Enjoy gourmet box lunch, also included. No pepperoni pizza here. There are menus are being worked up with locally renowned restaurants to provide a day that allows everyone to feel pampered and valued.
For the last few years I have released new patterns featuring yarn from Lisa Souza Dyeworks to highlight the New York Sheep in Wool show, affectionately known to many simple by the town that hosts it, Rhinebeck. This year is no different.
With Rhinebeck occurring this next weekend, October 20 & 21, 2018 at the Duchess County Fairgrounds, I have designed a new shawl; Woven Kisses.
This wrap is airy and have a beautiful drape. One of the things that I always find interesting is that even with the openness, it is quite warm, making for a delightful project. In addition, this entire wrap is created with only one skein of yarn, everyone loves that. It helps keep things cost effective, while also only having 2 ends to weave in, my favorite kind of project.
Even if you cannot attend Rhinebeck, you can enjoy this design, since I am sharing it as a free pattern. I hope you enjoy it and that it helps you get into the crochet season.
Last week I was teaching at the Crochet Guild of America annual Chainlink conference in Portland, Oregon, and you know it had to be a good time when it takes you 4 days to finally unpack. Okay 4 days may not seem like long to some, but I am usually unpacked the same day I arrive home with the laundry in the washer….however this time I just didn’t have the energy, I left it in Portland.
I taught a variety of classes, interestingly enough, I taught 4 classes at a crochet conference and none of them were actually crochet. Well one was, but it was about understanding patterns and how to read them better, the other 3 were not nearly as crochet focused.
I taught how to use beads in your work in my Beads 3 Ways class. It was a room full and everyone put their own style and twist on the necklace we were creating. There were definitely some talented and creative people in that room. They took silk, and threads (from Kreinik threads), and beads (from Bead Biz) and learned different applications to add them to their crochet (or knitting) projects.
Then I spent the entire day teaching people how to actually make yarn in my Drop Spindle class. Everyone made yarn, which is an exciting prospect just in itself. We worked with some different fibers (from Weaver Creek Fibers), and got the hang of drafting, spinning, and parking. We then plied our works and got to experience how to card wool. I haven’t taught that class in a while, and I have to say I was so impressed with what the students created.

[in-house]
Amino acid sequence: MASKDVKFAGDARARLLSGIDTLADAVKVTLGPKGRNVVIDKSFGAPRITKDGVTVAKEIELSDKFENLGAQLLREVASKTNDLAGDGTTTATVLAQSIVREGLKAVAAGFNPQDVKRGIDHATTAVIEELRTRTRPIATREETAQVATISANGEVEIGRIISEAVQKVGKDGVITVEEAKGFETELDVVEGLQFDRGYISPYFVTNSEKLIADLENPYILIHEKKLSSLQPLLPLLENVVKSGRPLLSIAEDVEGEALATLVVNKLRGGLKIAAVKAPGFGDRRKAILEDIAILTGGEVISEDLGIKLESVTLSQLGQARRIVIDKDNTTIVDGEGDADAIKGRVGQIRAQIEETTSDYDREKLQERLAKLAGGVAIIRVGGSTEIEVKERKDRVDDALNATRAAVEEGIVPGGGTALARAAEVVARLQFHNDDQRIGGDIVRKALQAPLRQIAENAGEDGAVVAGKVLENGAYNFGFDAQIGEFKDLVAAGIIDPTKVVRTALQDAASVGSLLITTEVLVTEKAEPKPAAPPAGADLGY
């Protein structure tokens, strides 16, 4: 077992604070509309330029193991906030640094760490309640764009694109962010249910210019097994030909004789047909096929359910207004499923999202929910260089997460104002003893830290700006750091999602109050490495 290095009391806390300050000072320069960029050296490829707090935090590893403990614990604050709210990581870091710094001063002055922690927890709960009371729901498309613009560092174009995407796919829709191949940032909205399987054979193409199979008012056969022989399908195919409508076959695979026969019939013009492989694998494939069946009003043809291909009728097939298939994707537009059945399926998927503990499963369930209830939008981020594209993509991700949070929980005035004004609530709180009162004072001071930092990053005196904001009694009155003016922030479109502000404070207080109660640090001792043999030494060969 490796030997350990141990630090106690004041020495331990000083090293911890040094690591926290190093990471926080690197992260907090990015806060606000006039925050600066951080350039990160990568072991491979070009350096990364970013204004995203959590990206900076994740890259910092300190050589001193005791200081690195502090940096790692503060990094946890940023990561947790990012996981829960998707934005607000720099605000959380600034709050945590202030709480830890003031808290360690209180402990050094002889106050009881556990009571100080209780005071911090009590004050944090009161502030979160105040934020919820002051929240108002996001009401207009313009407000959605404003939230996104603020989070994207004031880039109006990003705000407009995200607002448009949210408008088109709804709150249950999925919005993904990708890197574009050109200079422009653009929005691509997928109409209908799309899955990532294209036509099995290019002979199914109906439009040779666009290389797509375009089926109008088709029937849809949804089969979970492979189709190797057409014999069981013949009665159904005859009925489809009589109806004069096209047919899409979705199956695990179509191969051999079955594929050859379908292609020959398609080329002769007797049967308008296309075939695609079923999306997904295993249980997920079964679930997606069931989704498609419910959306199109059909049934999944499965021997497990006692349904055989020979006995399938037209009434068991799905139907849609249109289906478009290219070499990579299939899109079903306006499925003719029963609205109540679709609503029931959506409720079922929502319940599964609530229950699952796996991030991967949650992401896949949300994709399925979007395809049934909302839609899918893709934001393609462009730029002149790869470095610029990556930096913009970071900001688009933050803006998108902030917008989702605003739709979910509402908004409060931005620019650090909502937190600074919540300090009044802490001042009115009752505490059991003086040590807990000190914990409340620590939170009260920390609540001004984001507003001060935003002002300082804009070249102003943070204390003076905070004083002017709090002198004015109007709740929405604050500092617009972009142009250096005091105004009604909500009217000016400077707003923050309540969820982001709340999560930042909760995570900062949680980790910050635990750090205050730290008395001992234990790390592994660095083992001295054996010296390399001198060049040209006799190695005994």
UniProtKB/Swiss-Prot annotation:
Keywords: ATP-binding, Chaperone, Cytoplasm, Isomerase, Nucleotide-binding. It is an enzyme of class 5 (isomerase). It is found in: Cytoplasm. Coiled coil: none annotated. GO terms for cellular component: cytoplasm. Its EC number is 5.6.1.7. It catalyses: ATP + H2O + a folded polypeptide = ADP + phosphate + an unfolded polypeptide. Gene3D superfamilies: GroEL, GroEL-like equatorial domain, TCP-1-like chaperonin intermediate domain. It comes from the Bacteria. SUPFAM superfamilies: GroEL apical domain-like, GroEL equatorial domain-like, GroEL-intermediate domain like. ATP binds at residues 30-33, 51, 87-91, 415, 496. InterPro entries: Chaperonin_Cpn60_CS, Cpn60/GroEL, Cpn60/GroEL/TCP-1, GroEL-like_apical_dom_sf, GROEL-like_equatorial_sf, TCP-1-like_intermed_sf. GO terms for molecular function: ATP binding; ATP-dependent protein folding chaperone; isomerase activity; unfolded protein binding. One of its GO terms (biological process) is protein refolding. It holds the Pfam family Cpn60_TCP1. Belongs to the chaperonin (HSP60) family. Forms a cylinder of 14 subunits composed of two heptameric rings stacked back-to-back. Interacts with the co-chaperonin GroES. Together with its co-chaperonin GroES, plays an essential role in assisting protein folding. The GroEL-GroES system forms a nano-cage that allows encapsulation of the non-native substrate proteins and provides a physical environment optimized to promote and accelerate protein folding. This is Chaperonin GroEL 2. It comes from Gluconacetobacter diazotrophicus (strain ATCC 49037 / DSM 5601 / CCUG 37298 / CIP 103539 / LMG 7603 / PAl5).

The next morning was the class that caused me to drive 12 hours to Portland…Home Dyeing…how to safely dye your own yarn. I am pretty sure everyone had fun in this class. I had to drive to ensure that all the equipment needed was there for me, so it allowed us to set up dyeing stations and play with all kinds of fiber (from Lisa Souza Dyeworks), with a variety of dyes and techniques. The artistic expression of the students really came out when we just jumped right into all the colors and combinations. There may have been some trash talk, completely in jest, with the class next door as they were learning how to color pool yarn. I had to put forth a challenge that were we dyeing yarn that they could not pool, my fellow instructor and friend, Vashti Braha was up for the challenge. She and I really had brainstormed ways we could work our classes together, but that didn’t come together so this little challenge was a nice addition.
Then I blinked and just like that all my classes were taught. Granted there were plenty of other events that helped cause my days to fly by, there was the member meeting I lead, and the recognition of all the Master Program graduates and Design Competition winners, then the Fastest Fingers Competition where I judged the finals, and you can never forget the CGOA Banquet and Fashion Show. It really is a whirl wind, and I didn’t even join in the actives of the first day.
I have to admit, I have been hooked since I attended my first Chainlink conference in 2011, it just feels like home.